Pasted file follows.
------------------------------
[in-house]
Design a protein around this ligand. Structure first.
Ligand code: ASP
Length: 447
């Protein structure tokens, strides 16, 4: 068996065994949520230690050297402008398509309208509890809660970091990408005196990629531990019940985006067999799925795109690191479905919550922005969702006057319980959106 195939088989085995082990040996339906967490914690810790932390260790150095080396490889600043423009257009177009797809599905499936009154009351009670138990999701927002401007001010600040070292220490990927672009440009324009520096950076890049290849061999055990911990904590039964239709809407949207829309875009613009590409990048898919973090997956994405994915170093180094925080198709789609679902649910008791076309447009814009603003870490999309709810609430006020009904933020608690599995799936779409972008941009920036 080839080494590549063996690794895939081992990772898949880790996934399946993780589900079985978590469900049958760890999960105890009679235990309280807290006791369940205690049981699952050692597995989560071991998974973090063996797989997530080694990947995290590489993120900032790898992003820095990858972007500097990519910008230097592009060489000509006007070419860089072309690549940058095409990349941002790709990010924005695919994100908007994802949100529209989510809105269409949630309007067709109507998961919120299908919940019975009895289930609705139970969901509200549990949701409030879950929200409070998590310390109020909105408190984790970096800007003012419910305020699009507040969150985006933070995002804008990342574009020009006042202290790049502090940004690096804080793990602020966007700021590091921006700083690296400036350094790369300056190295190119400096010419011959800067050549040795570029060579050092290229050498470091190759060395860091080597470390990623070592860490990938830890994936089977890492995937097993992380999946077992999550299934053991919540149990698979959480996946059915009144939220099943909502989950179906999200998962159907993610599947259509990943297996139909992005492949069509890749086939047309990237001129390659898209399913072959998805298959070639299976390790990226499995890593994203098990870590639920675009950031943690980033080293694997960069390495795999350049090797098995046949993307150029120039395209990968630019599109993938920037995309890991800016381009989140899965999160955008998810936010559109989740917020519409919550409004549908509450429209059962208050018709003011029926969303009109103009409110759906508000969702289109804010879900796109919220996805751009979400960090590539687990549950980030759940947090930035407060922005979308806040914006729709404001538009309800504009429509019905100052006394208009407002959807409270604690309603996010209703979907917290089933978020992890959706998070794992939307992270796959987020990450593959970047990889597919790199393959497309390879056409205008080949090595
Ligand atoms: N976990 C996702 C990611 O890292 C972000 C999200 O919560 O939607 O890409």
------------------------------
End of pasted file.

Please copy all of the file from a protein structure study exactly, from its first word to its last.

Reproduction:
[in-house]
Design a protein around this ligand. Structure first.
Ligand code: ASP
Length: 447
């Protein structure tokens, strides 16, 4: 068996065994949520230690050297402008398509309208509890809660970091990408005196990629531990019940985006067999799925795109690191479905919550922005969702006057319980959106 195939088989085995082990040996339906967490914690810790932390260790150095080396490889600043423009257009177009797809599905499936009154009351009670138990999701927002401007001010600040070292220490990927672009440009324009520096950076890049290849061999055990911990904590039964239709809407949207829309875009613009590409990048898919973090997956994405994915170093180094925080198709789609679902649910008791076309447009814009603003870490999309709810609430006020009904933020608690599995799936779409972008941009920036 080839080494590549063996690794895939081992990772898949880790996934399946993780589900079985978590469900049958760890999960105890009679235990309280807290006791369940205690049981699952050692597995989560071991998974973090063996797989997530080694990947995290590489993120900032790898992003820095990858972007500097990519910008230097592009060489000509006007070419860089072309690549940058095409990349941002790709990010924005695919994100908007994802949100529209989510809105269409949630309007067709109507998961919120299908919940019975009895289930609705139970969901509200549990949701409030879950929200409070998590310390109020909105408190984790970096800007003012419910305020699009507040969150985006933070995002804008990342574009020009006042202290790049502090940004690096804080793990602020966007700021590091921006700083690296400036350094790369300056190295190119400096010419011959800067050549040795570029060579050092290229050498470091190759060395860091080597470390990623070592860490990938830890994936089977890492995937097993992380999946077992999550299934053991919540149990698979959480996946059915009144939220099943909502989950179906999200998962159907993610599947259509990943297996139909992005492949069509890749086939047309990237001129390659898209399913072959998805298959070639299976390790990226499995890593994203098990870590639920675009950031943690980033080293694997960069390495795999350049090797098995046949993307150029120039395209990968630019599109993938920037995309890991800016381009989140899965999160955008998810936010559109989740917020519409919550409004549908509450429209059962208050018709003011029926969303009109103009409110759906508000969702289109804010879900796109919220996805751009979400960090590539687990549950980030759940947090930035407060922005979308806040914006729709404001538009309800504009429509019905100052006394208009407002959807409270604690309603996010209703979907917290089933978020992890959706998070794992939307992270796959987020990450593959970047990889597919790199393959497309390879056409205008080949090595
Ligand atoms: N976990 C996702 C990611 O890292 C972000 C999200 O919560 O939607 O890409």